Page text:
For a few weeks, I had a pretty solid daily writing habit going here. Then, things got busy for me and I dropped it.

But it doesn’t take much effort to just pick things up again, so I think I will.

I’m not entirely sure what I want to be writing about these days, but I can discover that along the way.

The last few weeks have involved a whole lot of tedious (but ultimately worthwhile) chores, as I’ve been reorganizing my entire house and throwing out as much stuff as I can. It also has featured many sunburn-inducing bike rides, which I have come to love and look forward to on the days I’m here on my own.

The kids come and go like the tide. Adapting to that shift in energy every few days has been wild, but I am learning how to roll with it.

In theory, in a few days, I’ll be having my first in person visit with friends since the start of the pandemic. After so many months of phone calls and video chats and text messages, it feels weird to break the bubble.

In practice, whether or not that ends up happening depends on how much shit I can manage to shove into a dumpster this weekend.

So we shall see.

The Boatman

The boatman waits patiently where the sand meets the sea. A wicker hat is all that stands between him and the blinding light of the sun, but that’s all he needs.

Half asleep, the boatman rocks and sways along in his little rowboat. The boat’s unmoored, but it never strays far from shore without the stroke of an oar.

He passes the time by humming low and slow, some forgotten folk songs from long ago. He hums to keep out unwanted memories, as well as to ward off the distractions of daydreams. He is here now, in the here and now, and that is enough.

Some days, he sits on the shore alone, all day, seeing nothing but the occasional hermit crab and the more-than-occasional gull.

He was sure today was going to be another one of those days. Didn’t know why, it just felt that way. But then again, to him, being sure about things that would never come to pass was as familiar as an old hat.

A good bit of time washes away the heat of the day, as plenty of sand falls through the hourglass. But then just as the blues melt away and dusk sets the sky ablaze, the boatman spots an old woman, scrambling down the dunes and waving a crimson scarf in the wind to catch his eye.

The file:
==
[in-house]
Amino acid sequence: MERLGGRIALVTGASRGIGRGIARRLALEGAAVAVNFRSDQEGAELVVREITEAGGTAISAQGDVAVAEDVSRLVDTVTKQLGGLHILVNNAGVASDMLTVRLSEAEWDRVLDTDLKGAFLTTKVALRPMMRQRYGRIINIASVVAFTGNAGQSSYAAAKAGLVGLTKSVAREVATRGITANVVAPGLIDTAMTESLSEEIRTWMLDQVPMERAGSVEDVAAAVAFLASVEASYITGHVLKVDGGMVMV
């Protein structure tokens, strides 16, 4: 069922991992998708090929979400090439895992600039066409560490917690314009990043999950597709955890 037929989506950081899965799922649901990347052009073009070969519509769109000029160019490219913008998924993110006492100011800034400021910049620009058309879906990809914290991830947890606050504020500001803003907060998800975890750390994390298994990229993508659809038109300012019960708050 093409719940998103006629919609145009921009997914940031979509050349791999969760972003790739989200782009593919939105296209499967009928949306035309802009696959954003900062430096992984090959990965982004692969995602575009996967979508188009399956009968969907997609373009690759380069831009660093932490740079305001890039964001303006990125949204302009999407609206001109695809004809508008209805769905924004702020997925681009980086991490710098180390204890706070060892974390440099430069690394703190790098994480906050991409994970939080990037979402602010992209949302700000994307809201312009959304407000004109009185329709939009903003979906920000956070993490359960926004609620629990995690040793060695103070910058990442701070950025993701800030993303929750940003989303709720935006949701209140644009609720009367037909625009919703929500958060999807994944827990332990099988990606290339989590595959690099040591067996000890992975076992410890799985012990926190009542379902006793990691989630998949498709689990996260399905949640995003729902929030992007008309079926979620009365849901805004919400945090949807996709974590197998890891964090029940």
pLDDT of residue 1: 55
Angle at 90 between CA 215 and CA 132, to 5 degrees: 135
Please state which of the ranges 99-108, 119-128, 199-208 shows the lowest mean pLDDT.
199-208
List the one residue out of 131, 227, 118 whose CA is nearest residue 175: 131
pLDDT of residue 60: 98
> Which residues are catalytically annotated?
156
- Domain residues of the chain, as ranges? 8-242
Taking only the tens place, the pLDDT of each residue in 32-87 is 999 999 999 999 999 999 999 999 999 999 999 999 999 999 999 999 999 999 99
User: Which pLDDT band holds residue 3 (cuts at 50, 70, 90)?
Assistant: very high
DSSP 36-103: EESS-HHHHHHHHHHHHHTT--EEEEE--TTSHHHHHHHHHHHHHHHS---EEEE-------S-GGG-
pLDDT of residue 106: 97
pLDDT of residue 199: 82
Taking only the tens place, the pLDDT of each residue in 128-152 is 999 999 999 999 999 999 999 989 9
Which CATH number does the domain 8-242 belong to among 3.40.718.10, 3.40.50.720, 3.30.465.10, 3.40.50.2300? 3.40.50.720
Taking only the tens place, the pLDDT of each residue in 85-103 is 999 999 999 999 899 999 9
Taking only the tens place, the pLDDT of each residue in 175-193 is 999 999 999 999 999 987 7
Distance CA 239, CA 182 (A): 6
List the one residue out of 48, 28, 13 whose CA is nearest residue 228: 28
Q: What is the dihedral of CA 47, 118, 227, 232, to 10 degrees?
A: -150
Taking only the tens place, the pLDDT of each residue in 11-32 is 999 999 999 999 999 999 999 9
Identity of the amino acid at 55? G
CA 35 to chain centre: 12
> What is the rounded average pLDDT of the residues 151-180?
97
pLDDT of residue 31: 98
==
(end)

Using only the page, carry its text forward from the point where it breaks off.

Going west, my dear?“, he shouts just loud enough for her to hear.

She whirls and twirls and nods back from a distance, moving in a way that both defies her age and reveals her timeless spirit in a single gesture.

“Better hurry up then! Sun’s setting! We’ll need to get out beyond the bluffs while there’s still an ounce of daylight to burn.”

The old woman scrambles some more. Within moments, she reaches the shore. The boatman takes her by the hand and welcomes her aboard. Then he unceremoniously tosses her an oar.

“In this boat, we all row. No matter how young or old. Hope you don’t mind, Ms.”

She nods again without hesitation, and together they carve a path against the waves.


Love in Every Thing

There is Grand Scale Personal Love that comes from intense 1:1 relationships, whether it’s between close friends, family members, or romantic partners.

But there is also the Small Scale Universal Love that comes from washing the dishes, mowing the lawn, stopping for two minutes to say hello to the neighbor, wiping the nasty eye gunk out of your old-ass dog’s eye, or taking ten seconds to write a thank you note to someone who helped you in some tiny way,

Both kinds of love matter, but the latter is always accessible and always simple (if not always easy) to act upon. It doesn’t require moving mountains or boiling the seas. It just requires a bit of caring attention, right now, in this very moment.

Signs of Life

A slight sunburn
Little cuts and scrapes and bruises

Having to take the long way back
because a few steps off the beaten track
put you between a rock
and a hard place.

There are worse ways to get lost in life.
Worse ways to be running late.